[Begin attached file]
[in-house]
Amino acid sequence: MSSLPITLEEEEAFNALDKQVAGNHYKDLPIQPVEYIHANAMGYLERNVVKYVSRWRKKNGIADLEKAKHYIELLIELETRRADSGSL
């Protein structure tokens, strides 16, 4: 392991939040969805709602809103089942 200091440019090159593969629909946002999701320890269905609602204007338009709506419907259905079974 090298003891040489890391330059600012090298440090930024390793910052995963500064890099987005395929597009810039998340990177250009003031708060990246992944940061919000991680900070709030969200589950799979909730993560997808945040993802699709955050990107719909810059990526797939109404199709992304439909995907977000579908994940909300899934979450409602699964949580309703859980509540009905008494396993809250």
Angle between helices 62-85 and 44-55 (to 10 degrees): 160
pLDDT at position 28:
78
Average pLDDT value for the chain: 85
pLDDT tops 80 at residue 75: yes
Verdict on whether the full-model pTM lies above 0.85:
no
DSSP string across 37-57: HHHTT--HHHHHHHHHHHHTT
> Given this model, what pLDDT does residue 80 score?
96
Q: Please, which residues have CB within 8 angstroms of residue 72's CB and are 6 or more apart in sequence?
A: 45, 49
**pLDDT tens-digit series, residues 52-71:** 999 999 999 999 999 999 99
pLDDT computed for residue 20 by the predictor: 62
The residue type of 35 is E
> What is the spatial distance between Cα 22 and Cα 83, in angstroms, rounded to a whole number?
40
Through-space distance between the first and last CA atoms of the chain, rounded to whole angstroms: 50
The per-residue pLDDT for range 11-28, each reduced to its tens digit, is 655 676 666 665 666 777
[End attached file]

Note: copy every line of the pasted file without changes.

[in-house]
Amino acid sequence: MSSLPITLEEEEAFNALDKQVAGNHYKDLPIQPVEYIHANAMGYLERNVVKYVSRWRKKNGIADLEKAKHYIELLIELETRRADSGSL
């Protein structure tokens, strides 16, 4: 392991939040969805709602809103089942 200091440019090159593969629909946002999701320890269905609602204007338009709506419907259905079974 090298003891040489890391330059600012090298440090930024390793910052995963500064890099987005395929597009810039998340990177250009003031708060990246992944940061919000991680900070709030969200589950799979909730993560997808945040993802699709955050990107719909810059990526797939109404199709992304439909995907977000579908994940909300899934979450409602699964949580309703859980509540009905008494396993809250």
Angle between helices 62-85 and 44-55 (to 10 degrees): 160
pLDDT at position 28:
78
Average pLDDT value for the chain: 85
pLDDT tops 80 at residue 75: yes
Verdict on whether the full-model pTM lies above 0.85:
no
DSSP string across 37-57: HHHTT--HHHHHHHHHHHHTT
> Given this model, what pLDDT does residue 80 score?
96
Q: Please, which residues have CB within 8 angstroms of residue 72's CB and are 6 or more apart in sequence?
A: 45, 49
**pLDDT tens-digit series, residues 52-71:** 999 999 999 999 999 999 99
pLDDT computed for residue 20 by the predictor: 62
The residue type of 35 is E
> What is the spatial distance between Cα 22 and Cα 83, in angstroms, rounded to a whole number?
40
Through-space distance between the first and last CA atoms of the chain, rounded to whole angstroms: 50
The per-residue pLDDT for range 11-28, each reduced to its tens digit, is 655 676 666 665 666 777